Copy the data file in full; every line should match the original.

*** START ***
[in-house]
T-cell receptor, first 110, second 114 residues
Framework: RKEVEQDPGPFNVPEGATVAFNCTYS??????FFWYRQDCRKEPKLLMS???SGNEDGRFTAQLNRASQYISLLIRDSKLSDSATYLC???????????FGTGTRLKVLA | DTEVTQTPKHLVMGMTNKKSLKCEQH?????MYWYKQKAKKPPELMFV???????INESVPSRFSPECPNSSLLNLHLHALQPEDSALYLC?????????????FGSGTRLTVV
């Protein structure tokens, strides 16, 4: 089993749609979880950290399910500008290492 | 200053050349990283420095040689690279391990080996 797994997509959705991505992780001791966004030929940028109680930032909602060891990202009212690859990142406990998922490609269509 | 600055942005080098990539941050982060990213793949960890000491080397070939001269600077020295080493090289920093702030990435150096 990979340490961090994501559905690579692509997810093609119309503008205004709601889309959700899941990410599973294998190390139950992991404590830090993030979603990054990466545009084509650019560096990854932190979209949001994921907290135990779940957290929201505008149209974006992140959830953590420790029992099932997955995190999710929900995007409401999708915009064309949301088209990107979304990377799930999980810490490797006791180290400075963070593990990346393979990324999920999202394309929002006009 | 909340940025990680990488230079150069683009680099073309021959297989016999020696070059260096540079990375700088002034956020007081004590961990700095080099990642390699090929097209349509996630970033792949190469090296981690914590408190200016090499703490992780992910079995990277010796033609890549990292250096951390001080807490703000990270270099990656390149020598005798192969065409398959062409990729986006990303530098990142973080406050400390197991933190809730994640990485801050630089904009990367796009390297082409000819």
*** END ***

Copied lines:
[in-house]
T-cell receptor, first 110, second 114 residues
Framework: RKEVEQDPGPFNVPEGATVAFNCTYS??????FFWYRQDCRKEPKLLMS???SGNEDGRFTAQLNRASQYISLLIRDSKLSDSATYLC???????????FGTGTRLKVLA | DTEVTQTPKHLVMGMTNKKSLKCEQH?????MYWYKQKAKKPPELMFV???????INESVPSRFSPECPNSSLLNLHLHALQPEDSALYLC?????????????FGSGTRLTVV
């Protein structure tokens, strides 16, 4: 089993749609979880950290399910500008290492 | 200053050349990283420095040689690279391990080996 797994997509959705991505992780001791966004030929940028109680930032909602060891990202009212690859990142406990998922490609269509 | 600055942005080098990539941050982060990213793949960890000491080397070939001269600077020295080493090289920093702030990435150096 990979340490961090994501559905690579692509997810093609119309503008205004709601889309959700899941990410599973294998190390139950992991404590830090993030979603990054990466545009084509650019560096990854932190979209949001994921907290135990779940957290929201505008149209974006992140959830953590420790029992099932997955995190999710929900995007409401999708915009064309949301088209990107979304990377799930999980810490490797006791180290400075963070593990990346393979990324999920999202394309929002006009 | 909340940025990680990488230079150069683009680099073309021959297989016999020696070059260096540079990375700088002034956020007081004590961990700095080099990642390699090929097209349509996630970033792949190469090296981690914590408190200016090499703490992780992910079995990277010796033609890549990292250096951390001080807490703000990270270099990656390149020598005798192969065409398959062409990729986006990303530098990142973080406050400390197991933190809730994640990485801050630089904009990367796009390297082409000819």